DIY Farmhouse Wicker Tray + New Euro Shams

I’ve completed my first DIY project from my Goodwill thrift trip a couple of weeks ago (read my Goodwill thrifting tips HERE) and I couldn’t be more pleased with how this turned out!


I’ve wanted a bed tray for our master bedroom for a while, but I didn’t want to spend a ton of money on a tray. Though wicker isn’t my favorite material, when I saw this tray at Goodwill, I had a feeling I could jazz it up to fit what I was looking for.


Since this had a very light/orange 80s finish, I decided I needed to stain this tray before painting it to give it a farmhouse vibe. I love how it turned out!

New Euro Shams from Amazon!

Before I dive into how to complete this easy DIY, I want to share these beautiful euro shams I got on Amazon that helped bring our bedroom together. For a while I have been waiting to find euro shams that matched our duvet and were affordable. If you follow me on instagram- then you know I even considered sewing these (lol, that would have probably ended poorly since I haven’t sewn in years). Thankfully, I found THESE euro shams before deciding to sew. I absolutely love them! They match our duvet perfectly and are super crisp and clean. I would make sure you have a “full” euro pillow, as these shams are made for true euro sized filler pillows. Some of the cheaper euro pillows with less filling may not look right in these shams.


Alright now let’s get to how to do this easy DIY farmhouse technique on any wicker item:


  • Wicker object (tray, basket, etc)
  • Sander deglosser (find it HERE)
  • Old rags
  • Canvas drop cloth (find it HERE)
  • Chip paint brushes (these are super cheap at Home Depot, but if you want to order THIS is a good looking set)
  • Stain (I used Minwax Dark Walnut find it HERE)
  • Any color chalk paint (I used Annie Sloan’s French Linen)
  • Optional chalk paint wash secondary color (I used Annie Sloan’s Old White)


Step 1: Prep

This wicker tray had a mild sealant on it, and I probably could have gotten away with not prepping it before painting, BUT one thing I’ve learned through my DIY crafts is that prepping always pays off. I used a sander deglosser and an old rag to wipe off residual oils, dirt, and the sealant on the wicker before starting. Make sure you let your wicker piece dry before moving on.



Step 2: Stain

After that my piece was clean, I was able to stain it. I chose to use a dark walnut color, mostly because that’s all I had in my cabinet (lol) and I knew I was going to be painting on top of it so I wasn’t too picky with the stain. My main goal here was to darken the wicker to get rid of the orange color. I applied a generous amount of stain to the wicker and let it dry for 24 hours before moving to the next step. Make sure you stain along the direction of the wicker.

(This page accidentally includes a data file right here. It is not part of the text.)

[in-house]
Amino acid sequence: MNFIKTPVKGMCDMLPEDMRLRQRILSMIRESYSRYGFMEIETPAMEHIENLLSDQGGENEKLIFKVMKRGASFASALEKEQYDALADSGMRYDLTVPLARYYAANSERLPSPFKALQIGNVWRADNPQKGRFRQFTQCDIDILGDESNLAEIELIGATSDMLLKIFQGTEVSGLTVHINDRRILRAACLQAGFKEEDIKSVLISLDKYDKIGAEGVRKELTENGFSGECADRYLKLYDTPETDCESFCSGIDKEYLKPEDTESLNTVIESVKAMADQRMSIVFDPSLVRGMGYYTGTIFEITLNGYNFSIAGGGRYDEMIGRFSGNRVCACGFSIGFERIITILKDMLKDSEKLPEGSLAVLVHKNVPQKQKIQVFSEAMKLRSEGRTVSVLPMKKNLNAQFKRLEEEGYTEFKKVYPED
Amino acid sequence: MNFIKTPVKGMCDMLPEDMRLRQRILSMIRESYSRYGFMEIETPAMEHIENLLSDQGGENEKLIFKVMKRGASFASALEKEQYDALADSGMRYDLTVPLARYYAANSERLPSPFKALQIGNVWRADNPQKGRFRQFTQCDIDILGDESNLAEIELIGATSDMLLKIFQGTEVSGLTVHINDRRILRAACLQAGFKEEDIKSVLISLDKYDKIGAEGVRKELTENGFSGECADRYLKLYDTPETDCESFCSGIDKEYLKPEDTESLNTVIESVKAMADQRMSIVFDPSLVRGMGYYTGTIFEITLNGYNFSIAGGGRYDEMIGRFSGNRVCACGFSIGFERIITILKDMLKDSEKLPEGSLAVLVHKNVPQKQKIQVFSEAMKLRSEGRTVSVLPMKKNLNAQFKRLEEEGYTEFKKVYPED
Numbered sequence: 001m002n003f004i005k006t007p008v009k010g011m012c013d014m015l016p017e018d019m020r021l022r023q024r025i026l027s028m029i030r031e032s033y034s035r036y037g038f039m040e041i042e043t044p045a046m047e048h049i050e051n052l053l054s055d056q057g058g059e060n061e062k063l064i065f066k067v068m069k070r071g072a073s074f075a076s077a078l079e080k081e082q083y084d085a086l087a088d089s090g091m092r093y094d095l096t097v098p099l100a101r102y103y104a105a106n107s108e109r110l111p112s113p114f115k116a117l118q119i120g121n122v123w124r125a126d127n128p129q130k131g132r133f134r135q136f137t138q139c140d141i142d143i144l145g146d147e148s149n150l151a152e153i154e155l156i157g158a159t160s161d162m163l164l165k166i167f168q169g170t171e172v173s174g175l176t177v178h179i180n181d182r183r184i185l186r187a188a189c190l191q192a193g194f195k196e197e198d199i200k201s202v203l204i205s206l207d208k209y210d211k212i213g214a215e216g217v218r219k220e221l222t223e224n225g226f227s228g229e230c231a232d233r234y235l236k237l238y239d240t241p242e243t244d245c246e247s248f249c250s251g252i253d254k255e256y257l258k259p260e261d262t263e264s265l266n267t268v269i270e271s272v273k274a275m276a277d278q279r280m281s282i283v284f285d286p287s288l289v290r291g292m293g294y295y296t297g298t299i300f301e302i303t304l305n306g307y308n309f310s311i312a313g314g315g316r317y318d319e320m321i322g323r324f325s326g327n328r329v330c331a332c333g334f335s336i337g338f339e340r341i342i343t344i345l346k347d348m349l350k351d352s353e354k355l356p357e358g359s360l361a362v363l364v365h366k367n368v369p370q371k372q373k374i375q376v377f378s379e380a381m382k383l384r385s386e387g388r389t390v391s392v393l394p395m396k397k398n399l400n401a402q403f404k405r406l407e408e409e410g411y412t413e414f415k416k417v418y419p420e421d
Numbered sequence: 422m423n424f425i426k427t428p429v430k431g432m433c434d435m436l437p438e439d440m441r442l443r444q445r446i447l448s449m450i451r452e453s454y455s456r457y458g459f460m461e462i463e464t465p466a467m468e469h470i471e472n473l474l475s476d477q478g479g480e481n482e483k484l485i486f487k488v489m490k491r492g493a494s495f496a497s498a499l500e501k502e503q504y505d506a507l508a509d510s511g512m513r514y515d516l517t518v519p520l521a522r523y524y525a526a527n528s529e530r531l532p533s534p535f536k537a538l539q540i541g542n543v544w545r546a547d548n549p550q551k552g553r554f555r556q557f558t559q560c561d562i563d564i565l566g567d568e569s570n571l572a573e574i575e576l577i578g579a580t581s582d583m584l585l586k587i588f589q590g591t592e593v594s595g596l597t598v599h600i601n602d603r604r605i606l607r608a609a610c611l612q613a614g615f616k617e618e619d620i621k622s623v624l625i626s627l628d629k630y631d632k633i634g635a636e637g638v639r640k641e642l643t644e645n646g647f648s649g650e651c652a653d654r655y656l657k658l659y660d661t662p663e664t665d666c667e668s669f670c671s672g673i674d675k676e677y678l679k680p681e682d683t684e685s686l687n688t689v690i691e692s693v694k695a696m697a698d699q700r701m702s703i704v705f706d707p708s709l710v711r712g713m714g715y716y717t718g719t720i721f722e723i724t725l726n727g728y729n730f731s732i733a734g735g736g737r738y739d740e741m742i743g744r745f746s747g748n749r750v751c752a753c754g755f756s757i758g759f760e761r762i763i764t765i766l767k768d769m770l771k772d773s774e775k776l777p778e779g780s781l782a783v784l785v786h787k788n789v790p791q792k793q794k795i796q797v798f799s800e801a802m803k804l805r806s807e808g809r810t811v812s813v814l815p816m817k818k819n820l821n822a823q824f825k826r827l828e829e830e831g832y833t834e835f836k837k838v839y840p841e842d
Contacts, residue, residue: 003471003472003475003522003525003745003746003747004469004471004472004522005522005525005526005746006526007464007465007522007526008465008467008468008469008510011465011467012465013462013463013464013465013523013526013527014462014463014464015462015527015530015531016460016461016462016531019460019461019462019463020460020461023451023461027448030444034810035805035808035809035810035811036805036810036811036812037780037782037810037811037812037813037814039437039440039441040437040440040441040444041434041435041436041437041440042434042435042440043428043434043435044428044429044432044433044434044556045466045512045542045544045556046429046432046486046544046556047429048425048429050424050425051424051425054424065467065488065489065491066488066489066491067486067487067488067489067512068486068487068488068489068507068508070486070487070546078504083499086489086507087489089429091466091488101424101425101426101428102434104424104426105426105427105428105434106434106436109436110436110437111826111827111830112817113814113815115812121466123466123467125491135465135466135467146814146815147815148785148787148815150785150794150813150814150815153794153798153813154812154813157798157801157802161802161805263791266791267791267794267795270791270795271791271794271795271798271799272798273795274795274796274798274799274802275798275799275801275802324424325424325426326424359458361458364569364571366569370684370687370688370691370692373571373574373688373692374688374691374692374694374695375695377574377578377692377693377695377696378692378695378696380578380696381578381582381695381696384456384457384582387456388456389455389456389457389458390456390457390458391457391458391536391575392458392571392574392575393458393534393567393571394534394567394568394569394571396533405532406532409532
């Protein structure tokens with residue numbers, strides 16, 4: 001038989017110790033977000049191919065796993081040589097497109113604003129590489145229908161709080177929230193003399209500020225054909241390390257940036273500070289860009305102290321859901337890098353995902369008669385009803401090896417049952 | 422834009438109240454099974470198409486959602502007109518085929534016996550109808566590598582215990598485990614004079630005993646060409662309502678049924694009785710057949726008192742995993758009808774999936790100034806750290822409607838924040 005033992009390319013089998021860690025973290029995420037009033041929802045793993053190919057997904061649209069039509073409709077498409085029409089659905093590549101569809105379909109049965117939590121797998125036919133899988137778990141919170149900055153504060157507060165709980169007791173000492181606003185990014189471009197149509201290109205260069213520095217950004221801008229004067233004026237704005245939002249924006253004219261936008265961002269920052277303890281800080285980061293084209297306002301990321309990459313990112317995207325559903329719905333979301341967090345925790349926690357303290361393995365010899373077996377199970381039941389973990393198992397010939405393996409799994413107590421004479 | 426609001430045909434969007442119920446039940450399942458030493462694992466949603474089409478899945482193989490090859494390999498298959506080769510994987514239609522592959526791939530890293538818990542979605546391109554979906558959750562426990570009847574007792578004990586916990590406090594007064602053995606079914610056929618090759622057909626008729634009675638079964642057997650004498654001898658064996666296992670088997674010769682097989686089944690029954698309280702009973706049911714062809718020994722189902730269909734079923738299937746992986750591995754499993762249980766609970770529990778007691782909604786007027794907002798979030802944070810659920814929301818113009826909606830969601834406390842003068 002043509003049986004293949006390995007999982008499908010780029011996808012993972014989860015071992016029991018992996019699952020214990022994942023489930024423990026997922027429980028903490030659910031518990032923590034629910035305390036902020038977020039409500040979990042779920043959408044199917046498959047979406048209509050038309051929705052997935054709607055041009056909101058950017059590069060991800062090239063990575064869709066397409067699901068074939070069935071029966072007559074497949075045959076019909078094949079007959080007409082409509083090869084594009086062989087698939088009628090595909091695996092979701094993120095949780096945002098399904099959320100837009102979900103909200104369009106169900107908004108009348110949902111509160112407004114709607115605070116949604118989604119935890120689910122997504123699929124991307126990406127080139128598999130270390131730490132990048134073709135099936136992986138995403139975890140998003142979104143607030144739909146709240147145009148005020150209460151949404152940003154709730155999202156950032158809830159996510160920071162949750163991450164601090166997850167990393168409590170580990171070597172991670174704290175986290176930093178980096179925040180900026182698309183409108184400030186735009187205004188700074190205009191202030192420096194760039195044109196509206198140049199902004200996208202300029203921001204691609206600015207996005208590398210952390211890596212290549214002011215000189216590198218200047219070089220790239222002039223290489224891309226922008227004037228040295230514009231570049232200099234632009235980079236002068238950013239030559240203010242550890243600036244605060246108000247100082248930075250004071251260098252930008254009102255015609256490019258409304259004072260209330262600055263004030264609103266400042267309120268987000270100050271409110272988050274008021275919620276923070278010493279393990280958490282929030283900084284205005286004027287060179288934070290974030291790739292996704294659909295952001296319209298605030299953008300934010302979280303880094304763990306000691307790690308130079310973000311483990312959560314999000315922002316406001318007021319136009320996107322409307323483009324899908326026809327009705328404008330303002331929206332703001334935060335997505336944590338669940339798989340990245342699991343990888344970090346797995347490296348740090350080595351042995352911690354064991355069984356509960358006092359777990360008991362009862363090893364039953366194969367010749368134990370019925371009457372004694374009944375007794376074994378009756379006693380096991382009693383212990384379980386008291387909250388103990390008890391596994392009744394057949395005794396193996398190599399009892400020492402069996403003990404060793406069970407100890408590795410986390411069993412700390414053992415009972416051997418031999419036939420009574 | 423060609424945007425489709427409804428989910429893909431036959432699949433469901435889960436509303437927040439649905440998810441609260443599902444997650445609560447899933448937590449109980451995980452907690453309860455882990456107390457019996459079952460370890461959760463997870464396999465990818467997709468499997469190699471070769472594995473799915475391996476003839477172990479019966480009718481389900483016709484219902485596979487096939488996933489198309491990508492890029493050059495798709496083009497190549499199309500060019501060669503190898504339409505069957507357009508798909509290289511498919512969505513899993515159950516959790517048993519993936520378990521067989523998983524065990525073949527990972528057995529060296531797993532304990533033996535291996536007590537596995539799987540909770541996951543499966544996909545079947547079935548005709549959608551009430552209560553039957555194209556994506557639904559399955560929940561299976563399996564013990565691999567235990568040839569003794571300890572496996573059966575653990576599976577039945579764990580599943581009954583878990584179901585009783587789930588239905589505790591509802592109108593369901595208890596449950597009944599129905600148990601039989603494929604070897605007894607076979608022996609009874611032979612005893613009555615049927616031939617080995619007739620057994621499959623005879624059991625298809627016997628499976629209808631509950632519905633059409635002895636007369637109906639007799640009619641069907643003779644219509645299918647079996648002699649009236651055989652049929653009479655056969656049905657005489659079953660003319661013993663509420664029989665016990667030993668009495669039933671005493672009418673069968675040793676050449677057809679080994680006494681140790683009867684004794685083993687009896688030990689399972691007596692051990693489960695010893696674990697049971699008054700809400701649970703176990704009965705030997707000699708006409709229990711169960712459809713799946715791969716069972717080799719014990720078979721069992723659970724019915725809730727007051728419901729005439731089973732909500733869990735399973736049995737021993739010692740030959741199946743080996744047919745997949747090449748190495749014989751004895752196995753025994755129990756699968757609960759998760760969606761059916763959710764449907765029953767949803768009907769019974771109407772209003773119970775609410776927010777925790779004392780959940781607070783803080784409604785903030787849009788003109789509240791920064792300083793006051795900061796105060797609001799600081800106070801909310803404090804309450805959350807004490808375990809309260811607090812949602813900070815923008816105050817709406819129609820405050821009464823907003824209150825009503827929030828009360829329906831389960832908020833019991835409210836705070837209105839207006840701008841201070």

Step 3: Dry Brush Base Color

Use an old rag to wipe off an excess stain that did not absorb into the wicker. Now you will use a dry brush technique on your wicker piece. See THIS blog post about the details of how to dry brush, but essentially you are taking a small amount of paint on the end of your brush and lightly painting. You are not covering the entire piece, the stain should still come through. I used my grey chalk paint from Annie Sloan (the color is French Linen) for this. Paint in the direction of the wicker.


Step 4: Dry Brush Accent Color

You could absolutely stop at step 3, however I felt like my tray needed a little more contrast, so I chose to use a second color to dry brush on top of the gray. After the gray base color dried (roughly an hour) I chose to use a white wash from a previous project (read HERE on how I make a white wash). White washes are super easy to make, you just mix some chalk paint with water, and I store them in mason jars so I can easily use them on future projects, like this one. I used Annie Sloan’s Old White for this wash. Using the same technique as in step 3, I dry brushed this white wash on the tray. Paint in the direction of the wicker. Allow to dry for 24 hours before using.



That’s it! How simple was that? I love this stain + technique because it can be used on a variety of wicker objects to give them a less 80s vibe and more farmhouse vibe!

In case you were wondering, the tray is Tira approved lol


Did you like the products linked in today’s blog post? Please support Jackie Anne Blog by shopping through the provided affiliated links. At no cost to you, I will receive a small percentage from any products you purchase through these provided affiliate links. I use this small profit to keep this blog running and maintained. Thank you so much for your support so I can continue to serve you! 

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